If we pull it off, it will be a great caper.

Seems easy enough. Pick, pickle, marinade and munch. I have all of the ingredients, vinegar, salt, garlic, a few spices and the star of the show: ox eye daisy buds.

A benefit of No Mow May — the month that we are encouraged to let our lawns and yards grow for birds and pollinators — has brought lazy, daisy days to my yard. Yes, those blooming white flower that are everywhere can be made into capers if you grab the buds before they open.

American humorist and Island treasure Art Buchwald provided this assessment and instruction, “I don’t know whether this is the best of times or the worst of times, but I assure you it’s the only time you’ve got. You can either sit on your expletive deleted or pick a daisy.” I will take his advice and grab a bunch of buds.

Ox eye daisies serve up more than just a piquant condiment. The flowers can be dried and used as herbal tea. Leaves, preferably young ones, can be eaten raw or cooked. They are said to taste lemony or peppery, though I cannot yet confirm or deny its leaf’s flavor.

Be wary as some sensitive individuals can experience contact skin irritation, even as other health benefits are ascribed to this plant. An alias, bruisewort, contradicts and explains that the crushing and application of leaves to the skin can reduce trauma and encourage healing of bruises.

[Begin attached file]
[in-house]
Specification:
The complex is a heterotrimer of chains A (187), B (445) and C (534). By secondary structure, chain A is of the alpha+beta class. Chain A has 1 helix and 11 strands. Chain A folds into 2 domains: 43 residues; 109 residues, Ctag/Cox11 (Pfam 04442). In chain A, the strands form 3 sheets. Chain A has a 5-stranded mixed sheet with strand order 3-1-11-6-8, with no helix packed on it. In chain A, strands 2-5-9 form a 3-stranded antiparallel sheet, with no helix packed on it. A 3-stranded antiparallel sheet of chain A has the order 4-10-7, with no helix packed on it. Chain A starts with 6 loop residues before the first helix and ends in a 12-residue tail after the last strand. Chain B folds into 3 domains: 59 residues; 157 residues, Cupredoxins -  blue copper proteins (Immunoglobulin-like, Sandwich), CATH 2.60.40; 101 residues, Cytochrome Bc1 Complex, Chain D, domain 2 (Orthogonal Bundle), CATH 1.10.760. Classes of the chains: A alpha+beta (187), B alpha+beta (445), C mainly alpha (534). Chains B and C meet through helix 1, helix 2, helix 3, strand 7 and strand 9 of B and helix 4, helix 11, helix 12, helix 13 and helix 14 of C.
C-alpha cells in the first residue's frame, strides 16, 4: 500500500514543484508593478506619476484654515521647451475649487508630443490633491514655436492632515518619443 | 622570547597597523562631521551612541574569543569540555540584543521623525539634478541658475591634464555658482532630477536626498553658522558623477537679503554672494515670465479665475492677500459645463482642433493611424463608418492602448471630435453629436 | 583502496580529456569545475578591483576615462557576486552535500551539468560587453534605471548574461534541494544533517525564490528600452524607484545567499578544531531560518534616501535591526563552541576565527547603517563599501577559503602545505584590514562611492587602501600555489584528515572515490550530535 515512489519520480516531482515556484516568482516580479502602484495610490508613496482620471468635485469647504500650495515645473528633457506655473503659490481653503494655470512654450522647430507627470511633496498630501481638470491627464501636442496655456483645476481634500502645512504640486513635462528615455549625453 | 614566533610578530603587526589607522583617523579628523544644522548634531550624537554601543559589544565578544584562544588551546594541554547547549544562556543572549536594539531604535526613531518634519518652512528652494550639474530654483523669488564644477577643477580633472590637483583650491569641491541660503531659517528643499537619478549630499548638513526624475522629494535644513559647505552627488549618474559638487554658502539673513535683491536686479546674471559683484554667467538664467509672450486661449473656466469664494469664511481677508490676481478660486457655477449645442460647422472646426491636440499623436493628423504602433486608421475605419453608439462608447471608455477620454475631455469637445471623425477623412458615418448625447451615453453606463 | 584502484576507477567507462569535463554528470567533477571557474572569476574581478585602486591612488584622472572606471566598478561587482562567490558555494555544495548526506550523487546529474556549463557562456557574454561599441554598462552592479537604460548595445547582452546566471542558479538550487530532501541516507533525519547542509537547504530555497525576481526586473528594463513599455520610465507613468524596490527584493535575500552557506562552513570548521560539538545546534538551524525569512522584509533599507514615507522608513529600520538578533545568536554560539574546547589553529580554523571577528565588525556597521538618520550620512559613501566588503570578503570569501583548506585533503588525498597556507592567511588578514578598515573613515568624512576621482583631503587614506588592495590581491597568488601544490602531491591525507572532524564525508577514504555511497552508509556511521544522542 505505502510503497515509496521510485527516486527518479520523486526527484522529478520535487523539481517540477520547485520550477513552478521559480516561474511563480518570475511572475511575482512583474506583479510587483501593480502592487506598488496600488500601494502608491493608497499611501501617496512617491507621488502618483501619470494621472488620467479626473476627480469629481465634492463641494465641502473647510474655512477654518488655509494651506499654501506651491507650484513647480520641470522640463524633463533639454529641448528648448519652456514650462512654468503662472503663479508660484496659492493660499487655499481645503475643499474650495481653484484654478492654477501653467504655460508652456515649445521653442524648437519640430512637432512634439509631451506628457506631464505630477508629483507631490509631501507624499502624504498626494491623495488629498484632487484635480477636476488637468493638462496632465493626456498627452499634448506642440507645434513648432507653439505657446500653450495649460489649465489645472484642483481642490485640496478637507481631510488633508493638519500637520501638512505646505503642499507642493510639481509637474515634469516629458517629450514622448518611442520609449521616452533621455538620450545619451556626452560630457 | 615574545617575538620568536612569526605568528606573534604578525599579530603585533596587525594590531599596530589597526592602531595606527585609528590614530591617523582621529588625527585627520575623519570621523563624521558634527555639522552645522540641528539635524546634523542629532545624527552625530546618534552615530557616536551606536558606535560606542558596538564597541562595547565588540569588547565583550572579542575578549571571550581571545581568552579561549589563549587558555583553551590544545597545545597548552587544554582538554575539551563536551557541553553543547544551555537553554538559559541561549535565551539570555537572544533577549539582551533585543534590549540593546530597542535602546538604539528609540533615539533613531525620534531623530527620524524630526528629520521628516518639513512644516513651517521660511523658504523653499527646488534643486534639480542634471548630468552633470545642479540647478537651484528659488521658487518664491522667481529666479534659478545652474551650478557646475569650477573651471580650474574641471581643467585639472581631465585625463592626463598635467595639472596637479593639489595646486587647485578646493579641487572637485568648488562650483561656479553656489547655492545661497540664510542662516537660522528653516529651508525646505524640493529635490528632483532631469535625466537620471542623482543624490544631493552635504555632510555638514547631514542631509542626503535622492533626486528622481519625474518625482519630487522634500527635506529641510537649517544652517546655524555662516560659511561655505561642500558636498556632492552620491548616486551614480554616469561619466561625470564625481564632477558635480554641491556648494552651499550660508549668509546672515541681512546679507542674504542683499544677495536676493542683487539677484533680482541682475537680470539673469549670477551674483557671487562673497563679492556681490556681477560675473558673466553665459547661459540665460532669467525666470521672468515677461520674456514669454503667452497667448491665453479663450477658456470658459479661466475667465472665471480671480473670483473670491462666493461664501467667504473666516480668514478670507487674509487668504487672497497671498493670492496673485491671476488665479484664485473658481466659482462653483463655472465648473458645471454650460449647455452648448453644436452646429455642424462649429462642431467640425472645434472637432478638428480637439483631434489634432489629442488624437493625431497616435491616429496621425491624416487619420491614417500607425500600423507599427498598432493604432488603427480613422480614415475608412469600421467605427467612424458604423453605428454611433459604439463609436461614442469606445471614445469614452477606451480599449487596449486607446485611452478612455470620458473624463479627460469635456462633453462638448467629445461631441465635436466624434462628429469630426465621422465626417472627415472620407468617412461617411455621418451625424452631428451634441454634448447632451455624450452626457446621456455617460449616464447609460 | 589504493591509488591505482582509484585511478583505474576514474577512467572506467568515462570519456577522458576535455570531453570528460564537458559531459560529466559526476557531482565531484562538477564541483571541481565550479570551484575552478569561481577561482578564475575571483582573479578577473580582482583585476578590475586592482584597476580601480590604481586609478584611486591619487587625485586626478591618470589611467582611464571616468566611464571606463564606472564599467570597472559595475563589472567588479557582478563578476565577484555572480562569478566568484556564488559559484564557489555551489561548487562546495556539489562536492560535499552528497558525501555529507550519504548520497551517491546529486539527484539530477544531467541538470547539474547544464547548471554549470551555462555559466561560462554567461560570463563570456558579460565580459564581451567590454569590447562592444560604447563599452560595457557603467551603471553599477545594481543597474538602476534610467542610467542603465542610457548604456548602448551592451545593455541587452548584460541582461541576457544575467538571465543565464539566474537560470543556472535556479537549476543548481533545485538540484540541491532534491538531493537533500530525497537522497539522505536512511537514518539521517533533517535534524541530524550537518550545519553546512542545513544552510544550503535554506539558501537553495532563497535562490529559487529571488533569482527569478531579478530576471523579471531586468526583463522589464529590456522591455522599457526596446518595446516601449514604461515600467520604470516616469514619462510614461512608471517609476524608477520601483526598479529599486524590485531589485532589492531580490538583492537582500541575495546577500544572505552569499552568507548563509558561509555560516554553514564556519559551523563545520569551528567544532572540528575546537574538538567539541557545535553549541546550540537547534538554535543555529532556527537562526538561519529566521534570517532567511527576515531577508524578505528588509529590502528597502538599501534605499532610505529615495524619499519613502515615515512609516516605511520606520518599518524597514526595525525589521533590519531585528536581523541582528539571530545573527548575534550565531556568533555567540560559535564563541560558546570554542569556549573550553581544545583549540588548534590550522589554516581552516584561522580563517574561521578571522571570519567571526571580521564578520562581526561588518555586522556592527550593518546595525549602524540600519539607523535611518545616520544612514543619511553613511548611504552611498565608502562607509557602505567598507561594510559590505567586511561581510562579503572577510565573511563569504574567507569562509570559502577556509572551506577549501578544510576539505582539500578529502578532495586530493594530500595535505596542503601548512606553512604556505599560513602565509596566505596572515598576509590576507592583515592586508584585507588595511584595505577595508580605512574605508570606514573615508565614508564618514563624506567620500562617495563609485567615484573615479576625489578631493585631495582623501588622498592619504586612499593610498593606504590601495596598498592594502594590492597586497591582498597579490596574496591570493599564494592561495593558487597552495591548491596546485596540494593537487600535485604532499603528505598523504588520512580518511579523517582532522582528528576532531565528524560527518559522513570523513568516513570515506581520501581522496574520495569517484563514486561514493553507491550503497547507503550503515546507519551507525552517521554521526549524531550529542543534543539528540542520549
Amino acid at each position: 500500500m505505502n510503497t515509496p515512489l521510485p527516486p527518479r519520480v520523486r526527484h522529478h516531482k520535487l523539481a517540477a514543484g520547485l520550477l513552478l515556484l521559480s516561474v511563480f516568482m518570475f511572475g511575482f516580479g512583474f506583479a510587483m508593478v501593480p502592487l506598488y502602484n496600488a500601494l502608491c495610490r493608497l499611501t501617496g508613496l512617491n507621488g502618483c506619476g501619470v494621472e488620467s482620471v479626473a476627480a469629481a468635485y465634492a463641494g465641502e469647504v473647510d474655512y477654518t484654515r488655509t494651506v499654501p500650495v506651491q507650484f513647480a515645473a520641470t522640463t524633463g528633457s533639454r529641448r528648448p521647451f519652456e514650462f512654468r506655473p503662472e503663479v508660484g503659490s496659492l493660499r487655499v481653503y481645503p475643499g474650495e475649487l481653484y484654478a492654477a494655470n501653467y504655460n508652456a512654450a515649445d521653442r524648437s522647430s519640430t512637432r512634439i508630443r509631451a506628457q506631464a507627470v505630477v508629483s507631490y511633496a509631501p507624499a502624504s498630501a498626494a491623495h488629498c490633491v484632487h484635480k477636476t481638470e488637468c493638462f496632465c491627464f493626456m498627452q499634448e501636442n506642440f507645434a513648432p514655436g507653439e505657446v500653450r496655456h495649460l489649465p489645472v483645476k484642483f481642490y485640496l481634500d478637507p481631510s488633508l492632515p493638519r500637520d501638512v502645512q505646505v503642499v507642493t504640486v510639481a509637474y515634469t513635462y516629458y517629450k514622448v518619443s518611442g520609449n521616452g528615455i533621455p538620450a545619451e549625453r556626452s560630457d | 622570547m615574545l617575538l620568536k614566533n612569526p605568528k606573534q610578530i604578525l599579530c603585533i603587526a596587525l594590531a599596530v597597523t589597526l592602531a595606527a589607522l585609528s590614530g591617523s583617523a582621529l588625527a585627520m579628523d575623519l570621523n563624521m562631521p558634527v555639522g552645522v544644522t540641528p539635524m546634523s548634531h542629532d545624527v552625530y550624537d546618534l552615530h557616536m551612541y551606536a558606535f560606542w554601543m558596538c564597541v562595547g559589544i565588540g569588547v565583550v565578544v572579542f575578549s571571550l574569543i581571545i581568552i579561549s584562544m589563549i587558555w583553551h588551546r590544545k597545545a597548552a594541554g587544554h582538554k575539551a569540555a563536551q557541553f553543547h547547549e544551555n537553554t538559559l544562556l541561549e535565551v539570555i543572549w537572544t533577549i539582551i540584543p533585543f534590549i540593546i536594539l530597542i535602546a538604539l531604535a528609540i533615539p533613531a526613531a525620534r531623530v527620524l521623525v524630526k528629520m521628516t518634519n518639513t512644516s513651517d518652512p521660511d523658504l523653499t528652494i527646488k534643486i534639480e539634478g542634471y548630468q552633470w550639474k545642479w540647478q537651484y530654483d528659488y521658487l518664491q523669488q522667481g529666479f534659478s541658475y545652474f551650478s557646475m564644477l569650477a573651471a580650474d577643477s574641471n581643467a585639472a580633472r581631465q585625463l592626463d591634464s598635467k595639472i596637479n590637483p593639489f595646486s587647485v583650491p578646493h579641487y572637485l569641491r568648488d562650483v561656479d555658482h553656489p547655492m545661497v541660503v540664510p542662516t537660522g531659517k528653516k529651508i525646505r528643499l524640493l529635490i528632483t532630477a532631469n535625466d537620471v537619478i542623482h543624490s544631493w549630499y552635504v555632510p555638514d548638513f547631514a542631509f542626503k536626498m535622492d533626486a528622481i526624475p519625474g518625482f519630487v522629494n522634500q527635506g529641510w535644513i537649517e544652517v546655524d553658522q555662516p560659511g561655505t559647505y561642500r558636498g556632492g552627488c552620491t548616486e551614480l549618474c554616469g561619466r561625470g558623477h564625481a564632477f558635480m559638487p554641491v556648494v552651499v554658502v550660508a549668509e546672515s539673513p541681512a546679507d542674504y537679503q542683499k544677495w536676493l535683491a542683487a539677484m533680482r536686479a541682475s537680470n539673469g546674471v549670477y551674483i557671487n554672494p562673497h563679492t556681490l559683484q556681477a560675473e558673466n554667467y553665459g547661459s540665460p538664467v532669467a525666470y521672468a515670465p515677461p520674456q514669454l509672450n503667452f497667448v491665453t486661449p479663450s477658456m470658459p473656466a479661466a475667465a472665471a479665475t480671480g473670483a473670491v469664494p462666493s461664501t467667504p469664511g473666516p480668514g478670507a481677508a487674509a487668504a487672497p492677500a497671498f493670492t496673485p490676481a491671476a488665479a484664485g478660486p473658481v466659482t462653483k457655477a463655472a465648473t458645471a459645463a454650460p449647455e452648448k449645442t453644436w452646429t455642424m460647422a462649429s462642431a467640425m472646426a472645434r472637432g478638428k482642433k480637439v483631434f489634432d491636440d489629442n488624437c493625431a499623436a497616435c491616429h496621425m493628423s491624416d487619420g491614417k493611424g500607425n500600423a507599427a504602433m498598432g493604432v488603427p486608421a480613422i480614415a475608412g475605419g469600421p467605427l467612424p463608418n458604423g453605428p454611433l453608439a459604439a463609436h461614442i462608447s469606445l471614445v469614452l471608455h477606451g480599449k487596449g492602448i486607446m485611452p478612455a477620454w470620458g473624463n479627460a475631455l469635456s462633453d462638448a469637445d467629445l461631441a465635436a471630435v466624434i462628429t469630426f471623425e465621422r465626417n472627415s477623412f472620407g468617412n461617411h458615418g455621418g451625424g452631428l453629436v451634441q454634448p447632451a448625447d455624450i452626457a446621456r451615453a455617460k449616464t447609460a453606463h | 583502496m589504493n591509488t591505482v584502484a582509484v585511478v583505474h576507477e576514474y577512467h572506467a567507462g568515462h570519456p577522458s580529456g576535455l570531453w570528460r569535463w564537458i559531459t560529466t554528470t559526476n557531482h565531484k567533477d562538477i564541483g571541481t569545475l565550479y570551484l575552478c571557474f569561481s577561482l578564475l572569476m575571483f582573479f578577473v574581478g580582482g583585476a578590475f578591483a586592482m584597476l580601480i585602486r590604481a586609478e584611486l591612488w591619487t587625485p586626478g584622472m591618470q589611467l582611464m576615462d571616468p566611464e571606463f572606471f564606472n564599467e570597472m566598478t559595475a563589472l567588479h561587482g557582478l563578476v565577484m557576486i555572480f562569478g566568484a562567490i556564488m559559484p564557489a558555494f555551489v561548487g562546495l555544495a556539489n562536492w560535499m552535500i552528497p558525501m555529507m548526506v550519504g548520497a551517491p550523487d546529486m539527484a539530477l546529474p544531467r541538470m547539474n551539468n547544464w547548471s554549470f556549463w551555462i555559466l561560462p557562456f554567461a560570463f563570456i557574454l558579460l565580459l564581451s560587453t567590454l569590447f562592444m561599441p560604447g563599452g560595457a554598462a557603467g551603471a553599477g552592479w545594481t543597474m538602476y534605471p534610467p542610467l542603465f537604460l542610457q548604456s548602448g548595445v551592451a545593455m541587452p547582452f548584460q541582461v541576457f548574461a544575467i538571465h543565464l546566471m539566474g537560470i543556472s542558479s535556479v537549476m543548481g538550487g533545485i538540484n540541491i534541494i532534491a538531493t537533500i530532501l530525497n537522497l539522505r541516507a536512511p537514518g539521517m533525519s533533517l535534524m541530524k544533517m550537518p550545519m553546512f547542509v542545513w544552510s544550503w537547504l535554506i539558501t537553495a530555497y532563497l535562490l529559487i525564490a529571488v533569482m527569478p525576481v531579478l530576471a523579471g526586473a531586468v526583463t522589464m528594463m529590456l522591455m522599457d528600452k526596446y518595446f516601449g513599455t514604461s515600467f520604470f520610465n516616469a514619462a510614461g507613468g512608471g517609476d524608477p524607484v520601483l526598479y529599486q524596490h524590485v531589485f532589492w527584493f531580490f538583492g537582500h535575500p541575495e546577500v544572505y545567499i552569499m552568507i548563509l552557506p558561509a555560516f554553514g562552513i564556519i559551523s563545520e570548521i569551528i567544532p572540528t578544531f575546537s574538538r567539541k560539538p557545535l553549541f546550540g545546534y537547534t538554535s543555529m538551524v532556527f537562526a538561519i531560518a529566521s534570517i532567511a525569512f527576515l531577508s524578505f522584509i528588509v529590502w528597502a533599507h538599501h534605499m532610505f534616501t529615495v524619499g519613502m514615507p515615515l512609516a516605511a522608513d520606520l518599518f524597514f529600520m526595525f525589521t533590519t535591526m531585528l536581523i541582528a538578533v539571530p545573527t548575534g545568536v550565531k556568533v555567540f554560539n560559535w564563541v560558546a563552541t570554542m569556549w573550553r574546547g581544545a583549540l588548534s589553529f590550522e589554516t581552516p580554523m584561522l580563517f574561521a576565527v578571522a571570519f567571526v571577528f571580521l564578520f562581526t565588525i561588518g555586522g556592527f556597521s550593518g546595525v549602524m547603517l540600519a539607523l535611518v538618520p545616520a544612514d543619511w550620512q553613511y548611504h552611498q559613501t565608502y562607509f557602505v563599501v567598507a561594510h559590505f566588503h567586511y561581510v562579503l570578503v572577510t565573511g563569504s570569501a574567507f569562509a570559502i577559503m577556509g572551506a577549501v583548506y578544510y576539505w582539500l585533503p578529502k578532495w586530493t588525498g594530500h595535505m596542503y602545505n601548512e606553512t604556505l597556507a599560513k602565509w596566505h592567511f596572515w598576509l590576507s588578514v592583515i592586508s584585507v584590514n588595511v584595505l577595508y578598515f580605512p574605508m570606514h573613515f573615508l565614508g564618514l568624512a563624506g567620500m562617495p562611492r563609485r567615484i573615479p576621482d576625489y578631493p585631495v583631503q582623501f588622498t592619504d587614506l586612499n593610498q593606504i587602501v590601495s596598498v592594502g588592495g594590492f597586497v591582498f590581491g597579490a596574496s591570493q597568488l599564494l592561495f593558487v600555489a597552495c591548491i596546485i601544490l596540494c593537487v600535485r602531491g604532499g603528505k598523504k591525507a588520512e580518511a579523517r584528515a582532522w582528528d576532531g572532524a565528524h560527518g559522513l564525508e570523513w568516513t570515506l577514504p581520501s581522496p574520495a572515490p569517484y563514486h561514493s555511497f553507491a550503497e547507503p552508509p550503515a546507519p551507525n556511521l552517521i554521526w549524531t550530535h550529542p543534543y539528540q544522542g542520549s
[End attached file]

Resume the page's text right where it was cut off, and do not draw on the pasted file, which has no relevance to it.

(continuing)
This plant wasn’t always here for the taking. Ox eye daisy is native to Europe and was brought to this country in the 1800s. Having quickly naturalized, it has been called the most common weedy wildflower in North America.

This is not surprising when you understand its fecundity. Ox eye daisy is a super spreader. A single plant can produce up to 26,000 seeds and those seeds can be long-lasting. In one study, 82% of the seeds were viable after six years and, incredibly, even after almost 40 years, one percent of the seeds could still produce plants. Who knew seeds could reach middle age? Adding to their reproductive potential are the rhizomes or underground stems that also spread and provide for the growth and expansion of these duplicating daisies.

Even though these daisies are normally found in Europe, they are not always welcome residents. Ox eye daisies are not palatable for livestock, so farmers don’t want this plant in their fields because it reduces the quality of the pasture. Scots called it “gools” and punished the farmer who had the most gools with an extra tax. Even deer aren’t interested in its consumption, thus the plentiful profusion Island-wide.

This so-called eye of the day closes during the night, but holds you in its benevolent sight by day. Perhaps that is why Suzanne Collins, author of the Hunger Games series, knew it to be a friend explaining, “Here it’s safe, here it’s warm. Here the daisies guard you from every harm.”

Look to these flowers for safety, as a source of strength, adornment (think daisy chain) or as a garnish, and remember them for all their worth. Long after they have finished blooming (and are no longer fresh as a daisy), I will hold them in my heart (and my pantry) — the results of my wild weekend caper.

Suzan Bellincampi is islands director for Felix Neck Wildlife Sanctuary in Edgartown and the Nantucket Wildlife Sanctuaries. She is also the author of Martha’s Vineyard: A Field Guide to Island Nature and The Nature of Martha’s Vineyard.